Director: Joe Penna
Writers: Joe Penna and Ryan Morrison
Starring: Mads Mikkelsen, Maria Thelma Smáradóttir, Tintrinai Thikhasuk
A man stranded in the arctic (Mikkelsen) after an airplane crash must decide whether to remain in the relative safety of his makeshift camp within his plane, or to embark on a potentially deadly trek through to the unknown. However, when a rescue helicopter crashes leaving one heavily wounded survivor, he is left with no choice but to try to embark on a dangerous journey through an unforgiving landscape.
Whether it be the desert, the ocean, the arctic or indeed deep space, films about basic human survival in the harshest and most remote settings are certainly nothing new, and so many may ask what exactly does Arctic bring to this already tried and tested genre?
Well, quite frankly, the answer is that Arctic doesn’t necessarily bring anything new, but nor does it intend to; what Arctic is, is an extremely well made and acted drama about human survival that is undeniably gripping and engaging from start to finish. It may not admittedly live long in the memory as it does not contain any particularly big emotive themes, but nor does it claim to, but thanks to being very well made and featuring a great leading performance, for its entire 100 minute running time Arctic is a gripping film.
Arctic is a stripped-down filmmaking; it is a film with little exposition that allows the visuals to the tell the story. We do not need to know the backstory of Mads Mikkelsen’s character, he is stranded in the arctic and just needs to get rescued, that’s all we need to know as if we were in his position, we would want the same.
Each scene is slow and often very drawn out, but this is essential to capture the mood and atmosphere of what the film’s protagonist is experiencing. Of course, an inevitable plot device for this kind of film is to introduce another character and this has to drive the narrative forward, and in the case of Arctic it doesn’t only drive the narrative but provides the main emotional backbone as our protagonist must not only keep himself alive, but also keep alive someone who tried to rescue him and could easily die as a consequence. The fact that one person died, and another is at risk of dying because they try to rescue him does place an extra emotional burden on the protagonist.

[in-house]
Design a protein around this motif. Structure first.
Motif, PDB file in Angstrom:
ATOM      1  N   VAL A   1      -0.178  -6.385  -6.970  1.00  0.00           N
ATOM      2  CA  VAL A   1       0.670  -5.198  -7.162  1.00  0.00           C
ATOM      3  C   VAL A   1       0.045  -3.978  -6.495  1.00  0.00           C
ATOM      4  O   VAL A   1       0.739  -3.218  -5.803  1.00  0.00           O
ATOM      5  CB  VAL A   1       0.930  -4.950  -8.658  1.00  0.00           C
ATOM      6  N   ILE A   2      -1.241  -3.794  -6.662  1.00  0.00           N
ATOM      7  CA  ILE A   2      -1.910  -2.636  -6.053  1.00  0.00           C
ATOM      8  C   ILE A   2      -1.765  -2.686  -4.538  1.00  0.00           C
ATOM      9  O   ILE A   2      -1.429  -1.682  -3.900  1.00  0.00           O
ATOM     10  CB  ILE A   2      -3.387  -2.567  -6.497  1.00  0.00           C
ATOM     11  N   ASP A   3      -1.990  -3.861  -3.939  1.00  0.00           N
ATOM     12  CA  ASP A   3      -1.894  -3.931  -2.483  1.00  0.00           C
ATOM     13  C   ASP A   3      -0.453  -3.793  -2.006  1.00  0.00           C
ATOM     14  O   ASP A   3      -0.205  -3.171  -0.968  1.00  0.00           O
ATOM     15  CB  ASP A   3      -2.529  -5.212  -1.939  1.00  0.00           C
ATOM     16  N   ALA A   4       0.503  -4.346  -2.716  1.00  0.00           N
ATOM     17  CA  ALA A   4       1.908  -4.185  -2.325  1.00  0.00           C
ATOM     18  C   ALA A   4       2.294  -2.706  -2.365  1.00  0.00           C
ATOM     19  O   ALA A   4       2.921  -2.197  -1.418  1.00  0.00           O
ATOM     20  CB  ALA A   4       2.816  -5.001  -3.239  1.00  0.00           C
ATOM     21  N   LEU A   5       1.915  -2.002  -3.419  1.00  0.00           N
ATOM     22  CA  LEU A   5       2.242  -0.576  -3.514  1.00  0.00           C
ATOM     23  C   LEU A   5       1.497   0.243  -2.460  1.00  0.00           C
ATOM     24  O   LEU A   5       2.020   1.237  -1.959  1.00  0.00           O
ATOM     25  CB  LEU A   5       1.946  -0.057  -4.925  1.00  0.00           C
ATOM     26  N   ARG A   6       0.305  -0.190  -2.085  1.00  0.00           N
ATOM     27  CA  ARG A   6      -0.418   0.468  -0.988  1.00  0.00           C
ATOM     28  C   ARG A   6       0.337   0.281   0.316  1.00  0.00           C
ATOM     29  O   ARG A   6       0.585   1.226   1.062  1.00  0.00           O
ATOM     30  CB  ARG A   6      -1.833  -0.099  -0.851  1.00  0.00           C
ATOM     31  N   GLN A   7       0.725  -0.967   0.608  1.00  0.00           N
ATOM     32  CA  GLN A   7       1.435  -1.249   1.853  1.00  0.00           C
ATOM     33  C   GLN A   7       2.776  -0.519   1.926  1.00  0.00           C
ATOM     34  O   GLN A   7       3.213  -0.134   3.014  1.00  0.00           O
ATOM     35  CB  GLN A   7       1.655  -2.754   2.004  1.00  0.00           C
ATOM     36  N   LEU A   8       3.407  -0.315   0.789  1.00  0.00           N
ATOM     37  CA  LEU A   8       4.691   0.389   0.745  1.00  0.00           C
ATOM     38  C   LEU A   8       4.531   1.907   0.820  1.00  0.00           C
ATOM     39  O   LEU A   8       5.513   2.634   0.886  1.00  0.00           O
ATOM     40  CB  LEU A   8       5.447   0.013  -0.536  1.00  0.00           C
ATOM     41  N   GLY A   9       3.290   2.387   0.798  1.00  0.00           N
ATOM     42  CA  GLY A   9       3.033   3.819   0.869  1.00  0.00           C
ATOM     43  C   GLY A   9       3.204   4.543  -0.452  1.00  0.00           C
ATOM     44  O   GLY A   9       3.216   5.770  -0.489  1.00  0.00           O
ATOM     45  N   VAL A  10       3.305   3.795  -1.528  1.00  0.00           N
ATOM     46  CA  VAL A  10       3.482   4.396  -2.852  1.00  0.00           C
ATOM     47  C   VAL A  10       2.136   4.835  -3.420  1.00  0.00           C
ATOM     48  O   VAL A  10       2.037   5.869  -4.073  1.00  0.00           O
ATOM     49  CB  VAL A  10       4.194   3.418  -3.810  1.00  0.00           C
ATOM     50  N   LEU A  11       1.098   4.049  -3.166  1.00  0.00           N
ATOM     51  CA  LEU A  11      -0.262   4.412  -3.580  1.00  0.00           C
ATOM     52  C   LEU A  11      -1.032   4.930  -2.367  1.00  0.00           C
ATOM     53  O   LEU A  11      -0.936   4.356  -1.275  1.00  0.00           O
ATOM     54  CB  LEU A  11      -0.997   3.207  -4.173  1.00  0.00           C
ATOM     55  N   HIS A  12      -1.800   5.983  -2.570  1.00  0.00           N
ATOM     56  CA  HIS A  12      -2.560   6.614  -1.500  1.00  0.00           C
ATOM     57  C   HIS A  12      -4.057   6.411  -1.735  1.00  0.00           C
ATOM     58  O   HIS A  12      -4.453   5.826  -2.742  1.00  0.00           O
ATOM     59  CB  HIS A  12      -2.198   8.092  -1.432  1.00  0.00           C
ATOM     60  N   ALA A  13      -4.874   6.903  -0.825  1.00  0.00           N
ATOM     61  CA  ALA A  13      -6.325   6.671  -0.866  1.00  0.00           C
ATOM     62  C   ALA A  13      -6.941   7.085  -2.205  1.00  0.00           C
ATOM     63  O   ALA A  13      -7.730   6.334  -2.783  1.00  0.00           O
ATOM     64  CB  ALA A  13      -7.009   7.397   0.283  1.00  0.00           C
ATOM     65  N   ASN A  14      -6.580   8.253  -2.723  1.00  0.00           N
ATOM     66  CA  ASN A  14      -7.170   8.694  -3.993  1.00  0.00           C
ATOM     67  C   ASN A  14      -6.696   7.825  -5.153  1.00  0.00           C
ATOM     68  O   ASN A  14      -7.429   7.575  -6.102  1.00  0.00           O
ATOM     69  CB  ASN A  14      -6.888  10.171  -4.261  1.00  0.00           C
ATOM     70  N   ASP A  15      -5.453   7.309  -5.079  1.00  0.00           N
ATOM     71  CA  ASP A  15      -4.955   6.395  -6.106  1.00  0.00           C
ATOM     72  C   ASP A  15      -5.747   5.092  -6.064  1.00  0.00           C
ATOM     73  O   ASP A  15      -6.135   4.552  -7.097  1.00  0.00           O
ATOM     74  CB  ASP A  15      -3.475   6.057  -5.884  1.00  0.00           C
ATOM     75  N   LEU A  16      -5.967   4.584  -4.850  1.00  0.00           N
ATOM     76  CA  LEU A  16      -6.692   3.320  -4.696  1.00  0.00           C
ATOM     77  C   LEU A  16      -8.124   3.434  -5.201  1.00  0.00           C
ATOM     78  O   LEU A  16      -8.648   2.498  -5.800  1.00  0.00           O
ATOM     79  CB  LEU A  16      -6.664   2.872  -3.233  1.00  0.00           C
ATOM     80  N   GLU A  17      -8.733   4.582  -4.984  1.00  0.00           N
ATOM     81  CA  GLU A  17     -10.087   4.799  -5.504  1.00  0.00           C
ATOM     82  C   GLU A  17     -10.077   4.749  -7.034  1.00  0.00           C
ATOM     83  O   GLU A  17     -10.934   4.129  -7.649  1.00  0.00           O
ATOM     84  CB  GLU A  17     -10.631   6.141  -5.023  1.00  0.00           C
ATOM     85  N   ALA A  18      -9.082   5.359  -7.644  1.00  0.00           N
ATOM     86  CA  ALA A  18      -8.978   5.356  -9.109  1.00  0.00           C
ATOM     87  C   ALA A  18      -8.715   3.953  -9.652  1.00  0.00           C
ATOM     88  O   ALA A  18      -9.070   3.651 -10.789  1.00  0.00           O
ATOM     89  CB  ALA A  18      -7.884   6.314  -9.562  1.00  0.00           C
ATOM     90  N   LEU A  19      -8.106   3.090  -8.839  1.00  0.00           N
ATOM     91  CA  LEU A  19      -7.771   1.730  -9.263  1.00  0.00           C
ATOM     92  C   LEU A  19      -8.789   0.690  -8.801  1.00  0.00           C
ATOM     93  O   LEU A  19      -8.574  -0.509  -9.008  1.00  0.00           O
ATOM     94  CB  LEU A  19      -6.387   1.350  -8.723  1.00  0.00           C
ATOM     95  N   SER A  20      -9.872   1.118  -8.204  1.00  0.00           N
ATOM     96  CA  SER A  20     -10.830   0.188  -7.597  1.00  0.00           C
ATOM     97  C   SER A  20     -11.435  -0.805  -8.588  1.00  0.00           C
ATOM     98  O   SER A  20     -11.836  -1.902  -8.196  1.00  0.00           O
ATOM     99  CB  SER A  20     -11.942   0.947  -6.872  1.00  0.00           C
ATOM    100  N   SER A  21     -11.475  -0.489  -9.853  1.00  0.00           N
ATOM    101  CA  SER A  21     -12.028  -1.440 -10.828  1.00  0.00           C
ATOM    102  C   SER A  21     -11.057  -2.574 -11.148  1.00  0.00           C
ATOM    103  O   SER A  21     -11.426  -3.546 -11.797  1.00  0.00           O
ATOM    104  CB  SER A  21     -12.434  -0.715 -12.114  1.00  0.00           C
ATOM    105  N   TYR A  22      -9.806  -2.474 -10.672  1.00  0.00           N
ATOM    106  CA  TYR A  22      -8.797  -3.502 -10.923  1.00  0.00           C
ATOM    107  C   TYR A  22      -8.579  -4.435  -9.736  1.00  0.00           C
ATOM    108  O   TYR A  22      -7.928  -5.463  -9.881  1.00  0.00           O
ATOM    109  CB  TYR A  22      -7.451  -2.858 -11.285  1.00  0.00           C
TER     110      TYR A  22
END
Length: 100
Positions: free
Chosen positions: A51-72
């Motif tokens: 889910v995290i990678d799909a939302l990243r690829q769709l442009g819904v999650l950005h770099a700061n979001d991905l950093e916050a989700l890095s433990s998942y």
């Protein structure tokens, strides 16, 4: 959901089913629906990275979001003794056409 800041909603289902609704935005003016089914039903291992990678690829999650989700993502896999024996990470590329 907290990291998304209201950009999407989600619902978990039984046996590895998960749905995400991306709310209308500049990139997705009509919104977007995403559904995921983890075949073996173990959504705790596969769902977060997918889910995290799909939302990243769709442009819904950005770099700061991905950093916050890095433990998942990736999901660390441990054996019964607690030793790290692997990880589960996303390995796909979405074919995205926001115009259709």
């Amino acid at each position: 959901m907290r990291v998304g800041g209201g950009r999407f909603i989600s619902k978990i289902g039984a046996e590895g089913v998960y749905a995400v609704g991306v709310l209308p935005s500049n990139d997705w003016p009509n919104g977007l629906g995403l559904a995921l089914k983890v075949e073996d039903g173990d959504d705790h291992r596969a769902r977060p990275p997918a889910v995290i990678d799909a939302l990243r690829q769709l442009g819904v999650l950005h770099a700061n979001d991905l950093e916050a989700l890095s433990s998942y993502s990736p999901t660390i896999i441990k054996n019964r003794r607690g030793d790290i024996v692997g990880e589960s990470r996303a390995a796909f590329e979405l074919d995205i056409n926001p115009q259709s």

A film of this kind also requires a great performance, and someone like Mads Mikkelsen is perfect casting as he does not only have undeniable screen presence, but is an actor that can capture so many emotions through simple facial expressions; the moment our protagonist manages to capture a big fish with his simplistic fishing rods is a moment of extreme euphoria for our protagonist, and we also share it.
Arctic is also a wonderfully cinematic film; the camerawork, the stunning score by Joseph Trapenese and Tómas Örm Tómasson’s beautifully stark cinematography perfectly capture the harsh and desolate beauty of the arctic landscape and the extreme isolation our protagonist experiences.
Arctic may not be the most original of films, but is an extremely well made and acted one, and there is no denying that for the entirety of its 100-minute running time it will take a very tight grip of the viewer from start to finish.
An engaging and undeniably tense survival thriller; with a superb central performance from Mads Mikkelsen, Arctic makes up for what it may lack in originality with genuine cinematic tension and craft.